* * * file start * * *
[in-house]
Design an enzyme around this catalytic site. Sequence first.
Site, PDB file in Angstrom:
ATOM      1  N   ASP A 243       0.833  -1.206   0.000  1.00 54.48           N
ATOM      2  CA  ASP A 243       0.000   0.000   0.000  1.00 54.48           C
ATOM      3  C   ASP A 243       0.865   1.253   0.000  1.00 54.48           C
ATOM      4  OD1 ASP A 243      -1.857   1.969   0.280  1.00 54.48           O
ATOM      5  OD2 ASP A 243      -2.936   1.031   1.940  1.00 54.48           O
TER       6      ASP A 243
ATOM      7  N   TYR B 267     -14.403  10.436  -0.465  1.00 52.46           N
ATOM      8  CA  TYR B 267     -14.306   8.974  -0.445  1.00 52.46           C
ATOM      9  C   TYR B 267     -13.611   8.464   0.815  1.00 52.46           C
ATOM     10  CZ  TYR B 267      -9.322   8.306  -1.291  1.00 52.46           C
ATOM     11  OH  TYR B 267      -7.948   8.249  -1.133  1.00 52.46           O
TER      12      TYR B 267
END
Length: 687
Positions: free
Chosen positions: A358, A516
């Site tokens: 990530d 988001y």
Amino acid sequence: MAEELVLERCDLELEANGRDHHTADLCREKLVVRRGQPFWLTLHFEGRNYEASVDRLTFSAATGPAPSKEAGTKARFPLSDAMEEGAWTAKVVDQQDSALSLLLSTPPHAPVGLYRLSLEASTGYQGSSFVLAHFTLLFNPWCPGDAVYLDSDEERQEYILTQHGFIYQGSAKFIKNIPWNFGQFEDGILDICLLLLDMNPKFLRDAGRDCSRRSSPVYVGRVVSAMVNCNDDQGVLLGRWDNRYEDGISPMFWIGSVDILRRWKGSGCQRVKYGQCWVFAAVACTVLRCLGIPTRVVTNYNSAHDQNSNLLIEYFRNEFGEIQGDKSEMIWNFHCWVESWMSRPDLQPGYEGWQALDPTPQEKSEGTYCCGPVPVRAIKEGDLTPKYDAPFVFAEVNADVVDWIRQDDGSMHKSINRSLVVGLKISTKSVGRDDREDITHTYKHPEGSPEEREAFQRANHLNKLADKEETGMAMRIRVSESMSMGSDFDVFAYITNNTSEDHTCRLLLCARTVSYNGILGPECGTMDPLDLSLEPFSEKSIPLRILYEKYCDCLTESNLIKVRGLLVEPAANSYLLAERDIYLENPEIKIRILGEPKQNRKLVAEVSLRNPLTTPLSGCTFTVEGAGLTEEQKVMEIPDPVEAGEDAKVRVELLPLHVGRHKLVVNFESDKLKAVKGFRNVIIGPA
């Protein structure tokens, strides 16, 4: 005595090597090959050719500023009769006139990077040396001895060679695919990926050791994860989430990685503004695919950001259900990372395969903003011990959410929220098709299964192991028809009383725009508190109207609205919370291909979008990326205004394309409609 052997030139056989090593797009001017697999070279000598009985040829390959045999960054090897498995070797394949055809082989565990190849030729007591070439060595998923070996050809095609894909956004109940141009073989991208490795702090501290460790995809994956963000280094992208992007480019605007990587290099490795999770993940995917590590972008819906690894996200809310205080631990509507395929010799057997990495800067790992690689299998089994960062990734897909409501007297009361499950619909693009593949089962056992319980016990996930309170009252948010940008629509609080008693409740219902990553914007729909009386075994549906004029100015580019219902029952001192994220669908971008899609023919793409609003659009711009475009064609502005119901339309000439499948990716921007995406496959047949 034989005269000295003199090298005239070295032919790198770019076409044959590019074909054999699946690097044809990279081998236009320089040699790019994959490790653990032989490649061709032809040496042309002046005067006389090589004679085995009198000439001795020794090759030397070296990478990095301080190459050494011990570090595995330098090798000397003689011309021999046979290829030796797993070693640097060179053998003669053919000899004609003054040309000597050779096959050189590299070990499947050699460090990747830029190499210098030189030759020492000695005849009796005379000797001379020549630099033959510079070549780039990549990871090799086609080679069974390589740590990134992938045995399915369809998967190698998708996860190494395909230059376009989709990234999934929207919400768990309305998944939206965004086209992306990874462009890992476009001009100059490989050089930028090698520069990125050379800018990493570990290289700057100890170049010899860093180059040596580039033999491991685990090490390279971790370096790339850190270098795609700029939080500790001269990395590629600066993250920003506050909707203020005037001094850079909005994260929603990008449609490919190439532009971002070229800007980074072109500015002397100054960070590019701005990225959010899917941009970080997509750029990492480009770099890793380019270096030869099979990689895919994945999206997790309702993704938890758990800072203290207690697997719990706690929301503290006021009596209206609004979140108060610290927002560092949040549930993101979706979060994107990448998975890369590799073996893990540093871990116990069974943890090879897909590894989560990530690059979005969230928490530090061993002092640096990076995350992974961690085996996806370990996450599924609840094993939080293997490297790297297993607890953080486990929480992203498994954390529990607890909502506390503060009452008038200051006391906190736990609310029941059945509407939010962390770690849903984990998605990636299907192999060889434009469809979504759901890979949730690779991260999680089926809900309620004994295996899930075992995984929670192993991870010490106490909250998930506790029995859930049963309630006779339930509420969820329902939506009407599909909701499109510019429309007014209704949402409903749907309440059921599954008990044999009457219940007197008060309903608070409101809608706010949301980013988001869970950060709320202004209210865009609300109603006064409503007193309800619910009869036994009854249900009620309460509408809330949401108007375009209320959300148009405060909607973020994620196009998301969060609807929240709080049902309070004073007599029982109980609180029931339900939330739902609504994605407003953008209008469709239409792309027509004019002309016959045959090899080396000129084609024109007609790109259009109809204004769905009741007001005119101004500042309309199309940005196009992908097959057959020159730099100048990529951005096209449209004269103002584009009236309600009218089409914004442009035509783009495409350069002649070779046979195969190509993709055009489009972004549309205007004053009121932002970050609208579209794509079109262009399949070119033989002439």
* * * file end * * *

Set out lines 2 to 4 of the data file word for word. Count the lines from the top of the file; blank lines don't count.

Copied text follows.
Design an enzyme around this catalytic site. Sequence first.
Site, PDB file in Angstrom:
ATOM      1  N   ASP A 243       0.833  -1.206   0.000  1.00 54.48           N